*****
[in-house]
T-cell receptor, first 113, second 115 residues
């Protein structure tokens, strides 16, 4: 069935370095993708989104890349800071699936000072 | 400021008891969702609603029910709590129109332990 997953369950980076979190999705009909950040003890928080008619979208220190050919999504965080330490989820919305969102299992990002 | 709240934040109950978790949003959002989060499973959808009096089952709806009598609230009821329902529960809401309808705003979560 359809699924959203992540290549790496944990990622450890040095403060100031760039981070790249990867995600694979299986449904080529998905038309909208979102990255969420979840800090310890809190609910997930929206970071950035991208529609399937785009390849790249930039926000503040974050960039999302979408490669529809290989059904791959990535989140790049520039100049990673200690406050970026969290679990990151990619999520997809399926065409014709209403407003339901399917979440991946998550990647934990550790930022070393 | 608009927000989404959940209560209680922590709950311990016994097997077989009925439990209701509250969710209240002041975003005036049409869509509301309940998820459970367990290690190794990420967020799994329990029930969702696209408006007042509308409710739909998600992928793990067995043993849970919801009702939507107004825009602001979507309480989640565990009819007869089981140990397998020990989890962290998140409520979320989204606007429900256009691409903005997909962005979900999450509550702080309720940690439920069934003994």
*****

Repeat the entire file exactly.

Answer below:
[in-house]
T-cell receptor, first 113, second 115 residues
């Protein structure tokens, strides 16, 4: 069935370095993708989104890349800071699936000072 | 400021008891969702609603029910709590129109332990 997953369950980076979190999705009909950040003890928080008619979208220190050919999504965080330490989820919305969102299992990002 | 709240934040109950978790949003959002989060499973959808009096089952709806009598609230009821329902529960809401309808705003979560 359809699924959203992540290549790496944990990622450890040095403060100031760039981070790249990867995600694979299986449904080529998905038309909208979102990255969420979840800090310890809190609910997930929206970071950035991208529609399937785009390849790249930039926000503040974050960039999302979408490669529809290989059904791959990535989140790049520039100049990673200690406050970026969290679990990151990619999520997809399926065409014709209403407003339901399917979440991946998550990647934990550790930022070393 | 608009927000989404959940209560209680922590709950311990016994097997077989009925439990209701509250969710209240002041975003005036049409869509509301309940998820459970367990290690190794990420967020799994329990029930969702696209408006007042509308409710739909998600992928793990067995043993849970919801009702939507107004825009602001979507309480989640565990009819007869089981140990397998020990989890962290998140409520979320989204606007429900256009691409903005997909962005979900999450509550702080309720940690439920069934003994």